Horton Records is bringing Kevin Russell’s Shinyribs to Tulsa for a free show on Guthrie Green Sunday April 27 at 4:30 PM. Fans of Austin’s fabulous Gourds will recognize Russell as the mandolin and guitar picking vocalist of this thinking man’s party band, or as they say “music for the the unwashed and well-read”. While many grieved when the Gourds announced the band’s “indefinite hiatus” in 2013, much of what we love about that band, clever lyrics and booty-shaking grooves for instance, live on in Shinyribs. But don’t take my word for it, come out to the park and check it out for yourself this Sunday. Also on the bill are Oklahoma’s own Pilgrim and Honeylark beginning at 2:00 PM.
I recently had the pleasure of chatting with Russell about his music and the upcoming show. He’ll be bringing his full band, which includes brother-in-law and former Gourds’ member, Keith Langford, on drums. Russell has even added some horns to the mix. “I have a horn section, now…They’re called the Tijuana TrainWreck Horns. A saxophone player and a trombone player,” he told me.
It’s quite possible we’ll be hearing a few cuts off of Russell’s next album, Okra Candy, on Sunday. It will be his third Shinyribs’ release. “I’m just now finishing [it],” Russell told me. “It’s going to be really good. It’s going to be all over the map again genre-wise. That’s kind of the thing I do, have always done. I’m a genre-hopper,” he laughed.
Russell’s songwriting covers an array of topics. Food, fables, family – they’re all in there. He’s not afraid to hold and express an opinion, either, in his songs and in his personal life. “I’m an independent thinker. That’s how my parents raised me to be, just to think for myself. I’m irreverent and I’m rebellious, but I’m also a traditionalist, so I have strong opinions about things. It just depends on the issue. I try to be thoughtful about it and think about all sides of an issue before I make up my mind.”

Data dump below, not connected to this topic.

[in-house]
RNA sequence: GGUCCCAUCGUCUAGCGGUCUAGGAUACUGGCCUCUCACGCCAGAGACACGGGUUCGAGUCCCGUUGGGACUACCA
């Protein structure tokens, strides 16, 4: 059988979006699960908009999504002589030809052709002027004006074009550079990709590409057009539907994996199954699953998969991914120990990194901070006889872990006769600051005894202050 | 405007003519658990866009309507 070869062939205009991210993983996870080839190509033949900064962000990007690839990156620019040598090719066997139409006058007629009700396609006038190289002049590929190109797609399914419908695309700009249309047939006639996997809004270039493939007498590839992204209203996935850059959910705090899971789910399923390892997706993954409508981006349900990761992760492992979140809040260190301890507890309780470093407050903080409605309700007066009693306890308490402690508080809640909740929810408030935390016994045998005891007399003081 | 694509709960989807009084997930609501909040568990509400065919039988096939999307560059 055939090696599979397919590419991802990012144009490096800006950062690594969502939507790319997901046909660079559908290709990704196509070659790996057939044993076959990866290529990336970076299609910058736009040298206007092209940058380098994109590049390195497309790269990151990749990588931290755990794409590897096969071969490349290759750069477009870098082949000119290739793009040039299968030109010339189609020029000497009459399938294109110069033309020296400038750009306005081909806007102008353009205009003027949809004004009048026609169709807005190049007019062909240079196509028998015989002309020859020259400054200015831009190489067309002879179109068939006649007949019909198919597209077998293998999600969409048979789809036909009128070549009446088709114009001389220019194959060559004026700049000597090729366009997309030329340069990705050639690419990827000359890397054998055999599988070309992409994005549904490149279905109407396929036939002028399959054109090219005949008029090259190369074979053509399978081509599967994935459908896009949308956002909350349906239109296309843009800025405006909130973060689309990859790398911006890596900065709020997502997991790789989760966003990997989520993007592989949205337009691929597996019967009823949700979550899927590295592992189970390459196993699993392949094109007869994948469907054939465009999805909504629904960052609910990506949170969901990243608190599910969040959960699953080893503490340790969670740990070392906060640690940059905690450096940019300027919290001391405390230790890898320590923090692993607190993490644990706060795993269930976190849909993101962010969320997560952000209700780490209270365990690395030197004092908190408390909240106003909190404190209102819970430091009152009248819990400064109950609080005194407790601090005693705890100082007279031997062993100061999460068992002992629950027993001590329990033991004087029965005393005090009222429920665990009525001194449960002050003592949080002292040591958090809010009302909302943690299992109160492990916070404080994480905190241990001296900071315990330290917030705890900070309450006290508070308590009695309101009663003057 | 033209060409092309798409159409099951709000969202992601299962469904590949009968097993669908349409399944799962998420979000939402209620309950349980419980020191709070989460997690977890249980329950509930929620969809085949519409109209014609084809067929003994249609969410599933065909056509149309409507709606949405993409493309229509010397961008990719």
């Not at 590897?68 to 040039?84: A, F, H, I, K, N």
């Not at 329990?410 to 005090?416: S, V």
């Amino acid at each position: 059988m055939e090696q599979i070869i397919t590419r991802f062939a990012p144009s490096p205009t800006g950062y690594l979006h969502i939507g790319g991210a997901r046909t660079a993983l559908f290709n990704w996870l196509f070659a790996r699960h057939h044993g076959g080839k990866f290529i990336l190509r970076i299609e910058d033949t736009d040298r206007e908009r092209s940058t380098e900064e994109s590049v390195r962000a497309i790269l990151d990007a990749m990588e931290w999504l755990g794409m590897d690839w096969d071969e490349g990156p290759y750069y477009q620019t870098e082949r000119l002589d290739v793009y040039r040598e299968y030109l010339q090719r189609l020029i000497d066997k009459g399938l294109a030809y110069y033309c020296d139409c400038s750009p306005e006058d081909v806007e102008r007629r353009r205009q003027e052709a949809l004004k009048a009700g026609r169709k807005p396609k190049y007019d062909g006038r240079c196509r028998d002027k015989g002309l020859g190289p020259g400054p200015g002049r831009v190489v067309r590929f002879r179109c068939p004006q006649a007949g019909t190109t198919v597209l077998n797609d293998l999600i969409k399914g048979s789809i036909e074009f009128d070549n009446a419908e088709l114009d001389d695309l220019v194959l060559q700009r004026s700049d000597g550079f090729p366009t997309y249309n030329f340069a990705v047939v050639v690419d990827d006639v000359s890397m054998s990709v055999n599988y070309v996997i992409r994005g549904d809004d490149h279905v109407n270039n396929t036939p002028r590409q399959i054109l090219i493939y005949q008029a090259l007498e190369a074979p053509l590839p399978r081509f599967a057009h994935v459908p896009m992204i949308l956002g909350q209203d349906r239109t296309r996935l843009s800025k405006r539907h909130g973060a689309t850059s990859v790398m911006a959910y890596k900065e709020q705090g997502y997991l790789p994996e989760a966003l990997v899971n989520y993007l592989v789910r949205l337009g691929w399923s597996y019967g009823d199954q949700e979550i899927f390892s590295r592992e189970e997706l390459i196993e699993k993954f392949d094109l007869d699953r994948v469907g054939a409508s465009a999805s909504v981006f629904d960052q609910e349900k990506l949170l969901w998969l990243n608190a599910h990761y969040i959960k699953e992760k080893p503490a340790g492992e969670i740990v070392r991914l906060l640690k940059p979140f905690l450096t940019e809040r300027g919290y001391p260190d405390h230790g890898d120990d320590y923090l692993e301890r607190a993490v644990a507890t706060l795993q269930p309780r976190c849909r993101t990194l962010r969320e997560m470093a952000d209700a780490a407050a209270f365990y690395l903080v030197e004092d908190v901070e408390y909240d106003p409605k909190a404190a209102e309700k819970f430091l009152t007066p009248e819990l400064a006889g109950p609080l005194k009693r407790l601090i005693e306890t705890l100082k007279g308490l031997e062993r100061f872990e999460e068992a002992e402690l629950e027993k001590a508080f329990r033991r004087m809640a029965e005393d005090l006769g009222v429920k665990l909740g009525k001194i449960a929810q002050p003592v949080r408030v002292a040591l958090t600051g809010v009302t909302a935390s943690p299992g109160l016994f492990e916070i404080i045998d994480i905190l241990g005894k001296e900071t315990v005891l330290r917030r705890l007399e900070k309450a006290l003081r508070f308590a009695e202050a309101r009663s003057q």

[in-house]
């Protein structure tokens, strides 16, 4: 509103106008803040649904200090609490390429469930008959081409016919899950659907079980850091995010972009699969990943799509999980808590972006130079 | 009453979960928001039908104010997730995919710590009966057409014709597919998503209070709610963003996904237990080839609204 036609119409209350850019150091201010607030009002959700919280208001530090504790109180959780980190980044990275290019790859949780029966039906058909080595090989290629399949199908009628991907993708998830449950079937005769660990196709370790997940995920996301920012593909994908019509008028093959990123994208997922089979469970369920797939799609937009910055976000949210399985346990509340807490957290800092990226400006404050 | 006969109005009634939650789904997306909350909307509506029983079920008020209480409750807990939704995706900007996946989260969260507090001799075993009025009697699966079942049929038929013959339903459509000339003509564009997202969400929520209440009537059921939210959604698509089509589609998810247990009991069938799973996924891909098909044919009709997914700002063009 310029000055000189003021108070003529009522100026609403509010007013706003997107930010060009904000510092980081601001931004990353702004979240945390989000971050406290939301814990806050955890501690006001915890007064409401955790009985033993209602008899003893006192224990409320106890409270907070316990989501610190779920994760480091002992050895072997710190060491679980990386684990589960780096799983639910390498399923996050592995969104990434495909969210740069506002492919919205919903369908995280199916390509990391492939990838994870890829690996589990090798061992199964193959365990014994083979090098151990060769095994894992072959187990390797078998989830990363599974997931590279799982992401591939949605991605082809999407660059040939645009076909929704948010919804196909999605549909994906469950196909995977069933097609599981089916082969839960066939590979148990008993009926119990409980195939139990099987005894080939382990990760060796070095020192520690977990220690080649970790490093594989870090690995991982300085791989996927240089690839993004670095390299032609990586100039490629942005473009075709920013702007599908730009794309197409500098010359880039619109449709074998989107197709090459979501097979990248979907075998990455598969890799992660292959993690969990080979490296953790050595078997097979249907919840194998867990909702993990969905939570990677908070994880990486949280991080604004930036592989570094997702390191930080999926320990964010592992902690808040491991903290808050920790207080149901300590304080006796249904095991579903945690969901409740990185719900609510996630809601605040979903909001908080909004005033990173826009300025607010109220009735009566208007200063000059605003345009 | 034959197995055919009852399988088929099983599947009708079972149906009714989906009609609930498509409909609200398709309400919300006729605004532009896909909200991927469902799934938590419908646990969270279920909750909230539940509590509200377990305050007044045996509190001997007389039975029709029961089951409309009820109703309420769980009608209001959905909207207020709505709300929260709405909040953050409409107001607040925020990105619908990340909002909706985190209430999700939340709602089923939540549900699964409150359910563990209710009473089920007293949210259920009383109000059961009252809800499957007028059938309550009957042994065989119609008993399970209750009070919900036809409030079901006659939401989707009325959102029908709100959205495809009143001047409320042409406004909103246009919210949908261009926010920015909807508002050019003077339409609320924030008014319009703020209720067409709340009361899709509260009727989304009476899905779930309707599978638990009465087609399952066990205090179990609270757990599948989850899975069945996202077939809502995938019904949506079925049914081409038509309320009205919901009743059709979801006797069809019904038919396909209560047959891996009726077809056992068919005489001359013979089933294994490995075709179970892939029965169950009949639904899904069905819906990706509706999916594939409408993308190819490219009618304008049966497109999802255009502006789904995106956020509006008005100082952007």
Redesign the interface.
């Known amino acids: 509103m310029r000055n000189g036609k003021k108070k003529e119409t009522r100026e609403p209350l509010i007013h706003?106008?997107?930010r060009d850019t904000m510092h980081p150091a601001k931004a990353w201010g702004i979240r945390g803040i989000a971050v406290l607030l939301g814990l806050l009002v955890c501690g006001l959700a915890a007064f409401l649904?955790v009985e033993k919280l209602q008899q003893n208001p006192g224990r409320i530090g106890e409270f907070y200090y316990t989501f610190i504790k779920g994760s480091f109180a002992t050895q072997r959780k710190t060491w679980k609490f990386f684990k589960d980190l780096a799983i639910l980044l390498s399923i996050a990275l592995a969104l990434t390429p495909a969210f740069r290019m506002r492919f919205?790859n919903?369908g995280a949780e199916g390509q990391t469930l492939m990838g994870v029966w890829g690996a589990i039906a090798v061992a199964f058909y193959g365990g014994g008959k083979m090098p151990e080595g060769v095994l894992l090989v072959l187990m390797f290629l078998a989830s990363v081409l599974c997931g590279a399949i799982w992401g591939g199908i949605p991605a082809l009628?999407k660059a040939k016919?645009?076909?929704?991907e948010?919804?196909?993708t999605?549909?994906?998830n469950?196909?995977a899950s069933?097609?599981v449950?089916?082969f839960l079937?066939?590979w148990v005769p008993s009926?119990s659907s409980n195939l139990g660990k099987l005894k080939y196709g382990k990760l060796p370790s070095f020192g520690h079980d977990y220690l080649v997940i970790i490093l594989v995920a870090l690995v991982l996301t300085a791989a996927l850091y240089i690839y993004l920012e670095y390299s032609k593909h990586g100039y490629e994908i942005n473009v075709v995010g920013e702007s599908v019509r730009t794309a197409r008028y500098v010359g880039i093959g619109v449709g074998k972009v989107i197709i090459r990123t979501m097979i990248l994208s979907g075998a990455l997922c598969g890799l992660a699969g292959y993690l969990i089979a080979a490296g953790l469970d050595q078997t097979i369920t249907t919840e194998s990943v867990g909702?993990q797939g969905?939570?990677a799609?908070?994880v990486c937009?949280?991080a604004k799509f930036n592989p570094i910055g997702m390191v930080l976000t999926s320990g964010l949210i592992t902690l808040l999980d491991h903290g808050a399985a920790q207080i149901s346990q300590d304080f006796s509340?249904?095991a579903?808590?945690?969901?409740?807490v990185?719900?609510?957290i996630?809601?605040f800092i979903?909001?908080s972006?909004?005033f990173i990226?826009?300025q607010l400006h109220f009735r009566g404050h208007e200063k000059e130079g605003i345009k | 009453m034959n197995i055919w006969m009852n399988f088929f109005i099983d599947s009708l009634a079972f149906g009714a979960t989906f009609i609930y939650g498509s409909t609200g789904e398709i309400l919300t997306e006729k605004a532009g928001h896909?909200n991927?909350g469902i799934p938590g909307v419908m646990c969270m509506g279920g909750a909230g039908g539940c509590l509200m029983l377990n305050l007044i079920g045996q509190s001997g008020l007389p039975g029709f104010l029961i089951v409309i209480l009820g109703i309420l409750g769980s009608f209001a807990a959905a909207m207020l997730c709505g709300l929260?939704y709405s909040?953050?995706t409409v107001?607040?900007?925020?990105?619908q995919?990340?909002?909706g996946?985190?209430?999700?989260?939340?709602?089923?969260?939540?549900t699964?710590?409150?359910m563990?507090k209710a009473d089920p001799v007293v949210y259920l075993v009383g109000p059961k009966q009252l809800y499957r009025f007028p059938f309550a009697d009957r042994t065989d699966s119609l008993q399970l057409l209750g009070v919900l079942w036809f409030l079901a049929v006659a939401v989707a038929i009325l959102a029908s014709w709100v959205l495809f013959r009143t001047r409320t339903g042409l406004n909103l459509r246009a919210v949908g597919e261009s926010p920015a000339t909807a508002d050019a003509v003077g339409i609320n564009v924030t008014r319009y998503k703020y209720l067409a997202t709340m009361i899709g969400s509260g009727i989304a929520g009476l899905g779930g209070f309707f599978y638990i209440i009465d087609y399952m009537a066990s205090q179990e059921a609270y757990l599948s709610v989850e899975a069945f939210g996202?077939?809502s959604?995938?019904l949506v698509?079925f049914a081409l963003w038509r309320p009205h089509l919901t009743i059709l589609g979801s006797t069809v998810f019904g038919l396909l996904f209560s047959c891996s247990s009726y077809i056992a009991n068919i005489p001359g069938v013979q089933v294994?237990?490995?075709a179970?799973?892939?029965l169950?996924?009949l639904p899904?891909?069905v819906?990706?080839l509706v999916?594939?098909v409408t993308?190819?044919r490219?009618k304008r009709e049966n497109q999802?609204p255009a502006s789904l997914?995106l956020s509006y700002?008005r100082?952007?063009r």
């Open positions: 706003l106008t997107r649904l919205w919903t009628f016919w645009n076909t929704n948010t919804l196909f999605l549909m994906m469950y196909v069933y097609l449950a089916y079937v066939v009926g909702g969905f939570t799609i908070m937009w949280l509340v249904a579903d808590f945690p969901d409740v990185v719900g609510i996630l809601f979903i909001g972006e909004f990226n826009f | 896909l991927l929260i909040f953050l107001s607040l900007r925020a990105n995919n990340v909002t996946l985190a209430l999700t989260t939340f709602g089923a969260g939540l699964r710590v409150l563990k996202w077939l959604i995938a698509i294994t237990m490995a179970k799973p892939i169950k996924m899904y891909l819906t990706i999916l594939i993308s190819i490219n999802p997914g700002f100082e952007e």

His independence extends to his politics. “Some people I know think I’m George Bush’s best friend, and some people think I’m a communist,” he laughed. “It just depends on the issue and maybe my mood, even, what my opinion’s going to be…I can even change my mind if someone debates me well…I don’t make it personal. Politics, to me, isn’t personal. It’s just a matter of getting the right solution.”
A literate, deep thinker (or a “well-readneck”, as Russell would say), there’s more to Russell’s music than catchy hooks and memorable melodies, although there’s plenty of that, too. “There’s layers of stuff going on. If you pay attention and you get it, that’s great. But if you don’t, that’s fine, too. You don’t have to. A lot of people dismiss it from the get-go; it just doesn’t appeal to them. They think it’s just hootin’ and hollering’. But you know, you’re rewarded by a little more patience and a little more focus on it,” Russell explained.
“I do it for myself first,” Russell said of his songwriting. “First it has to feel good to me, then I can think about it a little bit and add this or that, maybe a little hidden comment here or there. Or some little subversive this or that just for fun. Just so I know there’s something in there that maybe most people aren’t even hearing or knowing what’s going on there, but I know, and it’s kind of fun. Like a little puzzle,” he laughed.
For more information on the Tulsa concert, visit Guthrie Green.